Like any cell, the HSCs can undergo a mutation that leads to dysfunctional or malignant cells being produced rather than healthy cells. Depending on what stage of differentiation the cell is in when it makes this transformation, it gives rise to different types of disorders: myeloproliferative disorders, leukemias, lymphomas and myelomas.

An abnormal younger cell type may be referred to as a ‘blast.’ Blasts in patients with leukemia can suggest the cancerous transformation occurred in a blood-forming cell that was at the earlier stage of development. If the predominant cells in a leukemia or lymphoma are more mature types, this indicates the cancerous transformation happened to a more mature cell, or a cell that was closer to the final adult stage.

In lymphoma, there can be different lymphomas that reflect all different stages of lymphocyte development, including the developmental paths for B-cells and T-cells; thus, there are B-cell lymphomas, T-cell lymphomas, and even Natural Killer T-cell lymphomas.

Hematopoietic Cell Transplantation - Bone Marrow Transplants

The treatment of leukemia, lymphoma and other blood cancers may involve a transplant of hematopoietic stem cells. These can be your own cells, harvested from your bone marrow (autologous), or from a donor (allogenic). Techniques used to obtain healthy blood-forming cells from the donor vary, but the transplant itself is a simple transfusion as the hematopoietic stem cells migrate from the blood into the bone marrow.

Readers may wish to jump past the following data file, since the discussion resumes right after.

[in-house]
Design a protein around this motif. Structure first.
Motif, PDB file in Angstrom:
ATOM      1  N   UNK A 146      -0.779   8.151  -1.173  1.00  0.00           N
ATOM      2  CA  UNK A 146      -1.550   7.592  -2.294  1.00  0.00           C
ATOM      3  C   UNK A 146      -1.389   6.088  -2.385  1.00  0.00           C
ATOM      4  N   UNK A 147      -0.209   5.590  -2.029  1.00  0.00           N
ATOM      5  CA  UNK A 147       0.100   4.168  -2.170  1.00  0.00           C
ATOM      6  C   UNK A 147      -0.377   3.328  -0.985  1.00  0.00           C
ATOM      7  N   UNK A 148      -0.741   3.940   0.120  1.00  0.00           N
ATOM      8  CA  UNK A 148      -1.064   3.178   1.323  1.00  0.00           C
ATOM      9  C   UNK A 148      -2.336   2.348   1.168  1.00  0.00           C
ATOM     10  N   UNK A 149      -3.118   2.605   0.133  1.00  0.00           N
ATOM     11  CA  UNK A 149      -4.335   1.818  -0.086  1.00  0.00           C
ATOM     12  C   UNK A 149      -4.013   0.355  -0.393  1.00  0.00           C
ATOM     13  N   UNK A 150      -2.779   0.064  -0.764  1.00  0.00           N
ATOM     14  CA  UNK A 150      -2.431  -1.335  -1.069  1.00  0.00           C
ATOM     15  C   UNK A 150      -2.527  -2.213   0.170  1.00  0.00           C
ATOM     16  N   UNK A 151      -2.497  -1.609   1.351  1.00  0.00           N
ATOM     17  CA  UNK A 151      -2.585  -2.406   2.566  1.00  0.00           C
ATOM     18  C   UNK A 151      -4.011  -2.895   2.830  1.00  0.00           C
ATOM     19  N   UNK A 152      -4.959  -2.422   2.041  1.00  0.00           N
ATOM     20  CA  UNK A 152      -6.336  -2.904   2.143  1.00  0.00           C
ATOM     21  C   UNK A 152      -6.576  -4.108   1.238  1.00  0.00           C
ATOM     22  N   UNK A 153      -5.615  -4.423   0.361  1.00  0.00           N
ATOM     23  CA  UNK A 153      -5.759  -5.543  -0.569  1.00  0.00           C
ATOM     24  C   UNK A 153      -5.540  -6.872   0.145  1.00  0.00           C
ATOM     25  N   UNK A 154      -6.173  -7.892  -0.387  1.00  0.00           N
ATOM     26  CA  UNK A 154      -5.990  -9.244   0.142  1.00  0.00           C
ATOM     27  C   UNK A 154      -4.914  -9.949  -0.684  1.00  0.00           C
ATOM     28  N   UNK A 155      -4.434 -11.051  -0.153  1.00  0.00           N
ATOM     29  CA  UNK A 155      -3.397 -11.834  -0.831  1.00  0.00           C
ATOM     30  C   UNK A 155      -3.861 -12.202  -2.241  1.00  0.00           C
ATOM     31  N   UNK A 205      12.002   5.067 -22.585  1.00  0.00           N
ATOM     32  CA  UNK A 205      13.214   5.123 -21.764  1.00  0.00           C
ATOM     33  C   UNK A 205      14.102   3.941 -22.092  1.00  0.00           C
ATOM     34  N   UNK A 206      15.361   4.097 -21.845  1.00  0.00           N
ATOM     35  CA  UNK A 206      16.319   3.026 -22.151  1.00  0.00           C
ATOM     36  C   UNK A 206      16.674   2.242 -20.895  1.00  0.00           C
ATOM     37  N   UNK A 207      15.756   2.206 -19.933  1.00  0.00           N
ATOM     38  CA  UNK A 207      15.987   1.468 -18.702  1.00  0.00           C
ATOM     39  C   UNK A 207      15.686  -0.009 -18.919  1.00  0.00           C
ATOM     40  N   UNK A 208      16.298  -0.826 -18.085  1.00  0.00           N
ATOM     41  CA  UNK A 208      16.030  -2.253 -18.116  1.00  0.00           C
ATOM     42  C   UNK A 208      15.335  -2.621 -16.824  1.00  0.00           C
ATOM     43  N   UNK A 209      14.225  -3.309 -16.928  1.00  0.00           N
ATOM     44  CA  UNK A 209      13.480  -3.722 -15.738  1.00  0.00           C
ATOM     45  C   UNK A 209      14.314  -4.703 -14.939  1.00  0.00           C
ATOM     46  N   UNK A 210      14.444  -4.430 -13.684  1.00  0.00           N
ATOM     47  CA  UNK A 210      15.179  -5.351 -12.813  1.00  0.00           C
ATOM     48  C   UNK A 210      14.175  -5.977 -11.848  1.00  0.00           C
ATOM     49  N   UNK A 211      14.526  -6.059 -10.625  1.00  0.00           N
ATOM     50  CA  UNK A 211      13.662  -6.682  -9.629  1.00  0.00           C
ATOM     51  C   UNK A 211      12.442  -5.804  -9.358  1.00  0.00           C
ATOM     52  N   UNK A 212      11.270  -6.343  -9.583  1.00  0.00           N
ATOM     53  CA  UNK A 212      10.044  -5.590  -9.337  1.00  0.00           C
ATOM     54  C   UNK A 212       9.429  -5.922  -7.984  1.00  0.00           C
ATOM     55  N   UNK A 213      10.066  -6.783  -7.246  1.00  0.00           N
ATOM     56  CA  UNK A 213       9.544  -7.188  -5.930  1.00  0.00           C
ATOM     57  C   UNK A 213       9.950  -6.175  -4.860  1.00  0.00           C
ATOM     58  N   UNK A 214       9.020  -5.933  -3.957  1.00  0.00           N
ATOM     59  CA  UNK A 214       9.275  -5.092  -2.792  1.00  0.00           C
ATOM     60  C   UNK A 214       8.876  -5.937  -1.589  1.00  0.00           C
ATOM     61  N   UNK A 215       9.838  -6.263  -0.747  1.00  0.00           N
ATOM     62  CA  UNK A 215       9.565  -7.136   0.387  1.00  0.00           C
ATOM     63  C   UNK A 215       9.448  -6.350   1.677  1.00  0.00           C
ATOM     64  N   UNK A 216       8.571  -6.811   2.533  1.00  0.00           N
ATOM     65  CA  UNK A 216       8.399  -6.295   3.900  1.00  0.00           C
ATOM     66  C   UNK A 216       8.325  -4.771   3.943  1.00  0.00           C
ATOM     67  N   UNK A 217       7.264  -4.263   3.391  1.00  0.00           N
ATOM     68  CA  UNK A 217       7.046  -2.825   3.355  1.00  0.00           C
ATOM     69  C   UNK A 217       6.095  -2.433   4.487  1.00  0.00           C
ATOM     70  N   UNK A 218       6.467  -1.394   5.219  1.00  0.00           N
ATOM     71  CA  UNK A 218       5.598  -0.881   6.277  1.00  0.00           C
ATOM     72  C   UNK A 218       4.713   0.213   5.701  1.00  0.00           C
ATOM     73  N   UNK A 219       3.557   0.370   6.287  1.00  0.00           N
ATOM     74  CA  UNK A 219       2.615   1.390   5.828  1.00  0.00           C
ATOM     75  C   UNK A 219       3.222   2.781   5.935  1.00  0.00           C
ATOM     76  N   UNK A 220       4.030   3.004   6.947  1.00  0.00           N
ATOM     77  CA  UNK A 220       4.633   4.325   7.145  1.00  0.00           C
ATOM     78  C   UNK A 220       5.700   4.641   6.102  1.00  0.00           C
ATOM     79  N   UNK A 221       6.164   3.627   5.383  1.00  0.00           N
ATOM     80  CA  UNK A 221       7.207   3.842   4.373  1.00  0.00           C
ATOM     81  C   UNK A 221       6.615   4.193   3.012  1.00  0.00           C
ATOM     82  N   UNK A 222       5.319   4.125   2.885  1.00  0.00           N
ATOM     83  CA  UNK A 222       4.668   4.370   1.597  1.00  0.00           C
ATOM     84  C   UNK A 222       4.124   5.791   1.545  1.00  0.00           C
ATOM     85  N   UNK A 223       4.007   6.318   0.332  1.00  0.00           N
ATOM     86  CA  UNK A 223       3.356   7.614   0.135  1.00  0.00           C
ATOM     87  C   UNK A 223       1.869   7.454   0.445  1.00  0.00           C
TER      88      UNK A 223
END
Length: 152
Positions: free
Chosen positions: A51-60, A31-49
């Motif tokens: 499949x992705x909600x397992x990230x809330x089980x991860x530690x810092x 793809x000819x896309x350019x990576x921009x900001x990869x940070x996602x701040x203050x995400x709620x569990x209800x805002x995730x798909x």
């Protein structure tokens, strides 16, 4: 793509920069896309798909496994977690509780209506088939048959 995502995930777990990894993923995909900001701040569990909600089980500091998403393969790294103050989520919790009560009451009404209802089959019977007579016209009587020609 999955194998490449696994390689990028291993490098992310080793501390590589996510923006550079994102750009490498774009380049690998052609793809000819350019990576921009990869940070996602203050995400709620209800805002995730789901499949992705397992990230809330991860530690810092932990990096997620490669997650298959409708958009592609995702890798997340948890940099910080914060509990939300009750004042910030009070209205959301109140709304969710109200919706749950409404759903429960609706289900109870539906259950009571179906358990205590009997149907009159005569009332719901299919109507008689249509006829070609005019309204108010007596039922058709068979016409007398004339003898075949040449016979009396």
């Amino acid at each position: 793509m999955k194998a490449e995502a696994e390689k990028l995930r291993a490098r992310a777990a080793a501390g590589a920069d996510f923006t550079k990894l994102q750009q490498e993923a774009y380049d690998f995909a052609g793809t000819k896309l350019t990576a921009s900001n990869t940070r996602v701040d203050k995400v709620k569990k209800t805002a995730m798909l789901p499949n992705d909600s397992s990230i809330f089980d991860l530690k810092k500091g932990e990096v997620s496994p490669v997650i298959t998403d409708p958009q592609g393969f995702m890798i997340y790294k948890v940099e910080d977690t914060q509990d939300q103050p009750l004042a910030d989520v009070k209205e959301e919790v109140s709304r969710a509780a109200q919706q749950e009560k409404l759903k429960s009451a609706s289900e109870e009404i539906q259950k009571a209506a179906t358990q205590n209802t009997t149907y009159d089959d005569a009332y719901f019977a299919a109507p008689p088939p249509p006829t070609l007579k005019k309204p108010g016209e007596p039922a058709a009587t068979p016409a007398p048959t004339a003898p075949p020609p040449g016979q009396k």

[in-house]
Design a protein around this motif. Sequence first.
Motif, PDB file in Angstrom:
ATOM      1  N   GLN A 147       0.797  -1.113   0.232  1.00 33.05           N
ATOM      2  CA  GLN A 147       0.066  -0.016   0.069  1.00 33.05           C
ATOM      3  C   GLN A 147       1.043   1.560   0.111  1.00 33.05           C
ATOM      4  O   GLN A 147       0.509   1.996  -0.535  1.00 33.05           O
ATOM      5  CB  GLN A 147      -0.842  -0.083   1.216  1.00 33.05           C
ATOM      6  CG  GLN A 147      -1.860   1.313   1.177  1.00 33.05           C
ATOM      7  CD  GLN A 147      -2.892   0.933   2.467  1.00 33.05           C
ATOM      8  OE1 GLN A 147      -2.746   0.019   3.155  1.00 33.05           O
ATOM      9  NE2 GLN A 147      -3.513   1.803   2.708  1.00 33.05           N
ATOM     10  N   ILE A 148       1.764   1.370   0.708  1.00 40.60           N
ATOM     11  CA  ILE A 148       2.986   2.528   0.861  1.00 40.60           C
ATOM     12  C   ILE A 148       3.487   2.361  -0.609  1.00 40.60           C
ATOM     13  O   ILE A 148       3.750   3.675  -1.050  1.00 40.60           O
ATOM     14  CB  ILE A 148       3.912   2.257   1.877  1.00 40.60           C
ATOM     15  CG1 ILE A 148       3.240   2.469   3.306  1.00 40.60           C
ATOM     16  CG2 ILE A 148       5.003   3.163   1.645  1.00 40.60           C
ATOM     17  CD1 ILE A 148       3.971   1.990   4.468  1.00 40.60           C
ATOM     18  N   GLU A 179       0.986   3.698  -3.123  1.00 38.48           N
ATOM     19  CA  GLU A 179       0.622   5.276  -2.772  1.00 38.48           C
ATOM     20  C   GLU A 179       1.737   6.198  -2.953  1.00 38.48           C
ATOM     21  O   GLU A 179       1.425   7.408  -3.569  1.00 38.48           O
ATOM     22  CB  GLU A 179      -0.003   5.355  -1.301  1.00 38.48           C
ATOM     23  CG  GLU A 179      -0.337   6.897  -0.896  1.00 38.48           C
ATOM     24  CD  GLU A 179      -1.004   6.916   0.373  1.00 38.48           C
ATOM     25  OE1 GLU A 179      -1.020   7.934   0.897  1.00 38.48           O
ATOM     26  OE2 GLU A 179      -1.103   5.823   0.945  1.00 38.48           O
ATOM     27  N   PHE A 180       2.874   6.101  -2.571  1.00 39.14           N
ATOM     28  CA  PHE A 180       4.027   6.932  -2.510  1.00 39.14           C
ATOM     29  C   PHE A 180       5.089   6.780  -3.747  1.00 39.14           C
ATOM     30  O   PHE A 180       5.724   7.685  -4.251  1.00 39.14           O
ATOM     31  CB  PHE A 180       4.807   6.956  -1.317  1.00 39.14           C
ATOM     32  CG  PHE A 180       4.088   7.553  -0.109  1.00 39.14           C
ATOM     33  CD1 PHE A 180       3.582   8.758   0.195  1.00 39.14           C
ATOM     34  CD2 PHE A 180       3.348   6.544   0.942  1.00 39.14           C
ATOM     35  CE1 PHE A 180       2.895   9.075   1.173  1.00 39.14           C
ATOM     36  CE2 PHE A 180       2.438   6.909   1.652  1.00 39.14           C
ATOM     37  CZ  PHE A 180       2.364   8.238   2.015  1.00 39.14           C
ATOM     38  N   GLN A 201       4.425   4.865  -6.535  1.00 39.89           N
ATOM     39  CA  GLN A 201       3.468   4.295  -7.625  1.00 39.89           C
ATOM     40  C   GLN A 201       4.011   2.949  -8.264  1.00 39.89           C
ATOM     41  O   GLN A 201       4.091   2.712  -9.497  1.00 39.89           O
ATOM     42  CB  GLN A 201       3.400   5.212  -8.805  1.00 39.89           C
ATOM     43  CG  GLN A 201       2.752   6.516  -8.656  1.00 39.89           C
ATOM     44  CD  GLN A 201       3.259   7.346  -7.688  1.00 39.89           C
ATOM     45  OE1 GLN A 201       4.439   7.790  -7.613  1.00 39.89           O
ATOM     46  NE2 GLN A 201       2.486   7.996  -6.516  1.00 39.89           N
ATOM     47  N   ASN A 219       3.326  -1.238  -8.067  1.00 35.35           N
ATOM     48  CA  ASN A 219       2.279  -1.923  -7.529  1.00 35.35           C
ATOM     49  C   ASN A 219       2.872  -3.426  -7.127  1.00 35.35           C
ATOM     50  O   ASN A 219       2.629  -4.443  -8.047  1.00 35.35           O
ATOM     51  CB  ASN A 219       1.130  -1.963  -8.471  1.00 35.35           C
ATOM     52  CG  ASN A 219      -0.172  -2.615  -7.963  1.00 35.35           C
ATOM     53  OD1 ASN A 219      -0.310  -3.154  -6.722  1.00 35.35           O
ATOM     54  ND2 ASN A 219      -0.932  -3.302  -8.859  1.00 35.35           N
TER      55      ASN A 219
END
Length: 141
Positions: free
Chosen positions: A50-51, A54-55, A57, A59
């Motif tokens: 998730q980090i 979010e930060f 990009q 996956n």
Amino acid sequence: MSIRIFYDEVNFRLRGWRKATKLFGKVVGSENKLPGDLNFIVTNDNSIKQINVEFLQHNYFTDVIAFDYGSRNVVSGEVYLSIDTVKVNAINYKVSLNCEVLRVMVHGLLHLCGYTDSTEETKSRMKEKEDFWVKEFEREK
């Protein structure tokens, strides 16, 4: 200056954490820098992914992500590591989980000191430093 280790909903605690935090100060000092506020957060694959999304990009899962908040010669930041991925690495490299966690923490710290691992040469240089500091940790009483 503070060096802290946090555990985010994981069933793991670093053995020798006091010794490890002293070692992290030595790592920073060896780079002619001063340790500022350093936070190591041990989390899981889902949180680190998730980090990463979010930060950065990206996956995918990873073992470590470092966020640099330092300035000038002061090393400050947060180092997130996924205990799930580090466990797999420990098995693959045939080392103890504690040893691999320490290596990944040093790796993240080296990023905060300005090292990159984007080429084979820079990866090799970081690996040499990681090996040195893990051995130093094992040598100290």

Extramedullary Hematopoiesis

This is the term used for blood cell production that occurs outside of the bone marrow. It can be seen in chronic anemia, with production in the liver, spleen and sometimes in the lymph nodes. At other times, there are malignant hematopoietic cells located in areas outside of the bone marrow.

Sources

Williams, L. Comprehensive Review of Hematopoiesis and Immunology: Implications for Hematopoietic Stem Cell Transplant Recipients. In Ezzone,S. (2004) Hematopoietic Stem Cell Transplantation: A Manual for Nursing Practice. Oncology Nursing Society. Pittsburg, PA (pp.1-13).

Michael A. Rieger and Timm Schroeder Hematopoiesis. Cold Spring Harbor Perspective in Biology, 2012, Cold Spring Harbor Laboratory Press.